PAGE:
In non-death mourning of a significant loss in one’s life, like mourning the death of a significant person in one’s life (also known as bereavement), involves the surfacing of the archetypal field in one’s psyche. By definition, clinical depression involves the archetypal field almost overwhelming one’s ego-consciousness. When the archetypal field overwhelms one’s ego-consciousness, a psychotic break occurs. Ego-consciousness needs certain ego strengths to fight off the archetypal field.
Overall, the archetypal field can include both masculine and feminine archetypes. The late Jungian theorist Robert L. Moore (1942-2016) of the Chicago Theological Seminary has suggested that there are four masculine archetypes of maturity and four feminine archetypes of maturity. However, according to Moore, there are also immature forms of both the masculine and the feminine archetypes. He characterizes the various immature forms as “shadow” forms.
For Jung, his inward journey of the non-death mourning process involved in the loss of his significant relationship with Freud can perhaps also be likened to the pattern that Joseph Campbell (1904-1987) outlines to the best of his ability in the book The Hero with a Thousand Faces (Pantheon Books, 1949).
Jung’s inward journey of the non-death mourning process can also be likened to the pattern that Erich Neumann (1905-1960) delineates to the best of his ability in the book The Origins and History of Consciousness, translated by R. F. C. Hull (Pantheon Books, 1954).
In Jung’s inward journey of the non-death mourning process, he experimented with a dangerous practice that he later came to refer to as active imagination. In effect, active imagination involves accessing materials in the psyche when one is awake that normally might be accessed in dreams when one is sleeping. Because the materials Jung was accessing when he was awake and engaging in the practice of active imagination do not normally surface in one’s ego-consciousness when one is awake, Jung refers to them as coming from the part of the human psyche that he styles the unconscious, by which he means literally the unknown part of the human psyche – in effect, the unknown unknown.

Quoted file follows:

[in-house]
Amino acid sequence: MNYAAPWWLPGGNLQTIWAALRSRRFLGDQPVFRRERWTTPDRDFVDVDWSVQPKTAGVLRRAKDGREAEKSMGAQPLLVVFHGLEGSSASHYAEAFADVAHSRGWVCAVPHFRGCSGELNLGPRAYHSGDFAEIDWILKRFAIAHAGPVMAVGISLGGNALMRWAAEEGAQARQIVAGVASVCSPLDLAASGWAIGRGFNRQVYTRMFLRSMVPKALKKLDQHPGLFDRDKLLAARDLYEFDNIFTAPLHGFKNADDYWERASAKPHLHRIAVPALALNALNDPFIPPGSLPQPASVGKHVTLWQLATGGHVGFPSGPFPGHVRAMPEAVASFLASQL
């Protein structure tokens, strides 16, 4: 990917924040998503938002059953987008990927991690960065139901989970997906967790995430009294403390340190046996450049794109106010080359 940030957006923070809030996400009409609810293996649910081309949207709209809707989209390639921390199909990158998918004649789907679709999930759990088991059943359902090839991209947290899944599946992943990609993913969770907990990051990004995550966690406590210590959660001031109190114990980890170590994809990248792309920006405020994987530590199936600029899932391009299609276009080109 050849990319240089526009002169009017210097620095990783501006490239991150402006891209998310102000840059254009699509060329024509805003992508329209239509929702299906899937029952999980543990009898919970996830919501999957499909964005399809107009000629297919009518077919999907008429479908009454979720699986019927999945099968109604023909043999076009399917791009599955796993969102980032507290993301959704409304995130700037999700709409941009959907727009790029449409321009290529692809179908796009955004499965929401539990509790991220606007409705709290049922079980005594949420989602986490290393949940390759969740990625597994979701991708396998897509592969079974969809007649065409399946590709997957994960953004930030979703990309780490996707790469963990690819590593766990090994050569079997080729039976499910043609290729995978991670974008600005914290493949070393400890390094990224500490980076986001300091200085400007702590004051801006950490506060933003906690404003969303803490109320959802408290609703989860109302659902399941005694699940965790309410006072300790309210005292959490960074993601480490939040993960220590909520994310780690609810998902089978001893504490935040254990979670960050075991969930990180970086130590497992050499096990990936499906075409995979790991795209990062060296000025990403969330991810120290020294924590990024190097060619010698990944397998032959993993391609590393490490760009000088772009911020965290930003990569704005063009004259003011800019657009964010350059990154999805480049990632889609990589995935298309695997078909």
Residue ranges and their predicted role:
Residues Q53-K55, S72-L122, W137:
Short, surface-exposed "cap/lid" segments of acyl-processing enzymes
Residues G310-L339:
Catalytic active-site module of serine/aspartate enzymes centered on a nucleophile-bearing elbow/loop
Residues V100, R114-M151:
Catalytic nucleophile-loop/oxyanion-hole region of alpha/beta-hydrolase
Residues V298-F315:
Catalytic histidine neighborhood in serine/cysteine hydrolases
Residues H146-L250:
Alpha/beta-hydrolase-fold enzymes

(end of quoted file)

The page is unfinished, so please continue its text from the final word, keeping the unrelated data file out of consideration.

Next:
When unknown materials from the unconscious surface and in effect become known to one’s ordinary ego-consciousness, they in effect become the known unknown, or partly known unknown. Jung spontaneously valued the materials that had surfaced from the unconscious as a kind of revelation and eventually decided to commemorate them to the best of his ability through the vivid paintings and the calligraphy records that we now can see for ourselves in The Red Book: Liber Novus, which he stopped working on in 1930. But Jung’s efforts to understand the known unknowns involved in his dangerous experiment with active imagination continued well beyond 1930 in other ways, including but not limited to his massive research project involving the imagery used in alchemical texts.
In 1944, after Jung suffered a heart attack and was hospitalized, he spontaneously experienced mystic visions as vivid as the visions that he had experienced years earlier during his dangerous experiment with active imagination. For the male psyche, mystic visions often involve the archetypal feminine dimension of the psyche – the mother complex and/or the anima complex. From Jung’s record of his earlier experiences in The Red Book: Liber Novus, it appears that he experienced the full range of the archetypal field.
After Jung had recuperated from his hearts attack, he subsequently went on to complete and publish his magnum opus in German in 1955 and 1956 about the imagery used in alchemical texts, Mysterium Coniunctionis: An Inquiry into the Separation and Synthesis of Psychic Opposites in Alchemy, 2nd ed., translated by R. F. C. Hull (Princeton University Press, 1970). Jung died in 1961 at the age of 85.
For further information about Jung’s life, see Claire Dunne’s amply illustrated book Carl Jung: Wounded Healer of the Soul, 2nd ed. (Watkins, 2015).
THE QUOTABLE JUNG